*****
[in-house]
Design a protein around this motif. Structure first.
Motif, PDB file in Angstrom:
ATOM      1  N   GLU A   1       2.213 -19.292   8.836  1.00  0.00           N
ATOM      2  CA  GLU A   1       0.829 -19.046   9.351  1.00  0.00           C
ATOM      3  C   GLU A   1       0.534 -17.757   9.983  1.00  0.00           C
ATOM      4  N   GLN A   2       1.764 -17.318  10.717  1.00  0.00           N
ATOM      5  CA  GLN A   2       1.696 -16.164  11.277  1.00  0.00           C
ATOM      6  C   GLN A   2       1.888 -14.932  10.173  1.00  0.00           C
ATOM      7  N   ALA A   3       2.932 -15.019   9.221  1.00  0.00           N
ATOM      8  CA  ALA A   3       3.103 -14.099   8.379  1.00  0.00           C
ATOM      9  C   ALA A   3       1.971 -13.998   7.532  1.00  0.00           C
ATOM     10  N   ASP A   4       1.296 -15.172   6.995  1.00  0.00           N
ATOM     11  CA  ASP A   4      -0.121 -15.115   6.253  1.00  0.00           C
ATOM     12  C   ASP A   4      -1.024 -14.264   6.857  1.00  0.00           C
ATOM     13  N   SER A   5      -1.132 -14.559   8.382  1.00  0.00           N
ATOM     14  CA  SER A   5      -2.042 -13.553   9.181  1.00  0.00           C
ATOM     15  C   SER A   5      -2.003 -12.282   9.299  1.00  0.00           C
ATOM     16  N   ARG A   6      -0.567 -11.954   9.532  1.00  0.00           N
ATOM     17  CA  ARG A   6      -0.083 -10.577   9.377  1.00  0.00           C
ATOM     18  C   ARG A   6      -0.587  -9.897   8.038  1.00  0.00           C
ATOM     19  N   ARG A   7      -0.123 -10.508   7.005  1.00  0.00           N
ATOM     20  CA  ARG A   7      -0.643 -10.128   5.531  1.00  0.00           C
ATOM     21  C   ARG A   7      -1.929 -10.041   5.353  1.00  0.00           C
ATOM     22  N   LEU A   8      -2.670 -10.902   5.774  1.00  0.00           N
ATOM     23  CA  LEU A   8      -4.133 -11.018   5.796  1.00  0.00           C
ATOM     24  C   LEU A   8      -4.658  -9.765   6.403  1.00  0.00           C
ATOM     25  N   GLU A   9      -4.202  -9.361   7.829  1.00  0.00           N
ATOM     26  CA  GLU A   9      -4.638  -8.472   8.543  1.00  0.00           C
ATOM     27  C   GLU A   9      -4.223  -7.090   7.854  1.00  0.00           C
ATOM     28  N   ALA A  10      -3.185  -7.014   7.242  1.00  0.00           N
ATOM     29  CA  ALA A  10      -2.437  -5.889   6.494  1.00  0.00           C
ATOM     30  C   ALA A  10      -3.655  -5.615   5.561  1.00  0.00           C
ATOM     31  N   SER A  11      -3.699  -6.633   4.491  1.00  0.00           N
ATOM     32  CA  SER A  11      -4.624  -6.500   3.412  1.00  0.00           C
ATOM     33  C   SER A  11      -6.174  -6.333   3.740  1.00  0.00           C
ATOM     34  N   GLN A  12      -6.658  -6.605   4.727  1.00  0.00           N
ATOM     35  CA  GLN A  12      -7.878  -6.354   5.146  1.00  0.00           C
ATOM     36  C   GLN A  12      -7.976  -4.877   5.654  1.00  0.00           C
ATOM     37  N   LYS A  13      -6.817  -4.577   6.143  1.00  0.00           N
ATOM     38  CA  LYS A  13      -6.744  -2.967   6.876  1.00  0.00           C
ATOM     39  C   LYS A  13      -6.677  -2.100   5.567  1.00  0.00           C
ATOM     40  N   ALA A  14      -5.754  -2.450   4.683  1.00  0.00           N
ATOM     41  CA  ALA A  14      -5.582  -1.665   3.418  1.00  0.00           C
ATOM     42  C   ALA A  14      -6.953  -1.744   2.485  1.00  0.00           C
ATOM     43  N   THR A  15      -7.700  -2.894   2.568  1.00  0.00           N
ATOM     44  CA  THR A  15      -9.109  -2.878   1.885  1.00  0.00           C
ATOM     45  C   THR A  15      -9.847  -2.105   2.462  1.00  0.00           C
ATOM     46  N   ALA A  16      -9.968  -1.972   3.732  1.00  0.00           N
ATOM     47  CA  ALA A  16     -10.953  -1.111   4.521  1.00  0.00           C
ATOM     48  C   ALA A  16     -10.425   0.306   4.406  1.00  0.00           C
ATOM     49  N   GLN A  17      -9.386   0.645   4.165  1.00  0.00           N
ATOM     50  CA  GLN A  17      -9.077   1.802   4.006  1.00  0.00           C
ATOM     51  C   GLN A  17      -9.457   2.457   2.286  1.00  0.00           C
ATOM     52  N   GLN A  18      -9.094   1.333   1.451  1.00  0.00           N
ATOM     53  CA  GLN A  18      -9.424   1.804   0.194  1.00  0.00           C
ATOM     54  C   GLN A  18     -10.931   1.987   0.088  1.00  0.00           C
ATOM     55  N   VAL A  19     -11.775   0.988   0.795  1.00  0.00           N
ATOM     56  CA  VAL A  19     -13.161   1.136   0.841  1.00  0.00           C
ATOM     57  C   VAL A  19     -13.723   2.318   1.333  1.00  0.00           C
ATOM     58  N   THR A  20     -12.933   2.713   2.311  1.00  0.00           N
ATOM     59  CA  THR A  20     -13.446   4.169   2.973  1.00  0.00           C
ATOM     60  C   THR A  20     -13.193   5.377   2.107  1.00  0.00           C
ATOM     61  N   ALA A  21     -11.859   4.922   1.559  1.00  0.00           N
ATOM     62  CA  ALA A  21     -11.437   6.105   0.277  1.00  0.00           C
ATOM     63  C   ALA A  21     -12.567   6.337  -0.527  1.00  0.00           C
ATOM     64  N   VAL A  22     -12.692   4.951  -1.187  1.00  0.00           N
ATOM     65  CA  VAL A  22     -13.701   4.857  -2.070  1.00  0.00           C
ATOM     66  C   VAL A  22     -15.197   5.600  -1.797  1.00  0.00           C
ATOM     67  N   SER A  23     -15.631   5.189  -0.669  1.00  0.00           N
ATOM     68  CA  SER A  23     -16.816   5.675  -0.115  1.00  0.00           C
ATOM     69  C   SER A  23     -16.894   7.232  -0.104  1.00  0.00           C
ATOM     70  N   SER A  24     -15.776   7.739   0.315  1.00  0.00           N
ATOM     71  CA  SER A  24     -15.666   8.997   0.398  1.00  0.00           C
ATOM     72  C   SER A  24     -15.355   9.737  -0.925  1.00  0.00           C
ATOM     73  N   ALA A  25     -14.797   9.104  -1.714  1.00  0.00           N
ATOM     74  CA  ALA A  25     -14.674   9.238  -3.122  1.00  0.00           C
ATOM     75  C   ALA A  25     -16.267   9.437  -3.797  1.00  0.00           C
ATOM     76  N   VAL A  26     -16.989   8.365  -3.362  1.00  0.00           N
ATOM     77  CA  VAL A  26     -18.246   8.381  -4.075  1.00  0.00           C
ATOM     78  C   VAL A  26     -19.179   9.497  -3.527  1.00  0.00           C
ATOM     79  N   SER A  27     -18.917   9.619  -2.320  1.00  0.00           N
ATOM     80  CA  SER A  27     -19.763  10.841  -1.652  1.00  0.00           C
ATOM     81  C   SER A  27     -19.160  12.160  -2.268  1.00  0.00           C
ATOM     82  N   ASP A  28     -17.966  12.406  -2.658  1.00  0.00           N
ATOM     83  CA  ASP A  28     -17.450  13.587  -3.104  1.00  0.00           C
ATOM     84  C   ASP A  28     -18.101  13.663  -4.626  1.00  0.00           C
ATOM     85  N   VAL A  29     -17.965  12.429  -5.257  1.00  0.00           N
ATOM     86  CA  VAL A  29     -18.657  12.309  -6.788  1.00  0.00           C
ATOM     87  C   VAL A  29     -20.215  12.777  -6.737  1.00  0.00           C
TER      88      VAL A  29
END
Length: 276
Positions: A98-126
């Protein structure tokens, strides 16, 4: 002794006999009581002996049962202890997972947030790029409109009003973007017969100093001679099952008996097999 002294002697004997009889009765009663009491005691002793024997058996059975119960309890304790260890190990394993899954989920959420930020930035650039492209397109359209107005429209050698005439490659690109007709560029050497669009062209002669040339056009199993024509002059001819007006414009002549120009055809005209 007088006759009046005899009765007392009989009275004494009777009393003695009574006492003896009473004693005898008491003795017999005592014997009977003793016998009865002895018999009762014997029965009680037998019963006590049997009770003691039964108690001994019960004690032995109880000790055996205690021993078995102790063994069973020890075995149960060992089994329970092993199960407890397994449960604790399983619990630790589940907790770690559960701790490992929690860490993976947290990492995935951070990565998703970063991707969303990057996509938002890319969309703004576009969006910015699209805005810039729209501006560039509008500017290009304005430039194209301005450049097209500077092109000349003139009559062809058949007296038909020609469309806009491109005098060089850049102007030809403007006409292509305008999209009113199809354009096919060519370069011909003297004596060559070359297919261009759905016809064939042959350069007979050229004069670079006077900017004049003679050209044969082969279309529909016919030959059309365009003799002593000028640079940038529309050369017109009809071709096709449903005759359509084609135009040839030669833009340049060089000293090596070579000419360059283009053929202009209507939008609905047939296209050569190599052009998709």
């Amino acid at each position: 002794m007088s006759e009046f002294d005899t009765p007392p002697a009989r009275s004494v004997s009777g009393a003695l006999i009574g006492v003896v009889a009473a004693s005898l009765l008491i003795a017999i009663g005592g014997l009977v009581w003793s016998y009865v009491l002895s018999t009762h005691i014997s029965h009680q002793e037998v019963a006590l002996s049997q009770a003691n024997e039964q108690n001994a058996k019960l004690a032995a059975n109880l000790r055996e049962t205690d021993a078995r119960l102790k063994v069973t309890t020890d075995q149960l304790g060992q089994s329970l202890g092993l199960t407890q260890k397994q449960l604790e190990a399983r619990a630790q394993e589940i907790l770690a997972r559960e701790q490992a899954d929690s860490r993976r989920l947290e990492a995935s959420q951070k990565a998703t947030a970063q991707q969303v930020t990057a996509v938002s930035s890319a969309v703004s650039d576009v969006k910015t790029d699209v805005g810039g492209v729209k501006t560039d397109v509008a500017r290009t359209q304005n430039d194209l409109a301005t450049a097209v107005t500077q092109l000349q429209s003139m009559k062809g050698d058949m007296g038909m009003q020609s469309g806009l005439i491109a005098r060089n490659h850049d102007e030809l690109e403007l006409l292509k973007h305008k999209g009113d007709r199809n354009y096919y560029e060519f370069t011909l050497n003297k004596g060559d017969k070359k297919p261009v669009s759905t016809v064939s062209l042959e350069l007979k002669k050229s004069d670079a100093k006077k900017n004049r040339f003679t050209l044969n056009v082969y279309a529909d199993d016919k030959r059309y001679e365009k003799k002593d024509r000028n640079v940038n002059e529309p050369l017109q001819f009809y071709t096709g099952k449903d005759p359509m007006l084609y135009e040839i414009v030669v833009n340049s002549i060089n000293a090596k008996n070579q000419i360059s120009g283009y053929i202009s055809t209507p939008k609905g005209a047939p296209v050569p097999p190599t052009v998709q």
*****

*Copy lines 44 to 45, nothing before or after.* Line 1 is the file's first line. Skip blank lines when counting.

ATOM     41  CA  ALA A  14      -5.582  -1.665   3.418  1.00  0.00           C
ATOM     42  C   ALA A  14      -6.953  -1.744   2.485  1.00  0.00           C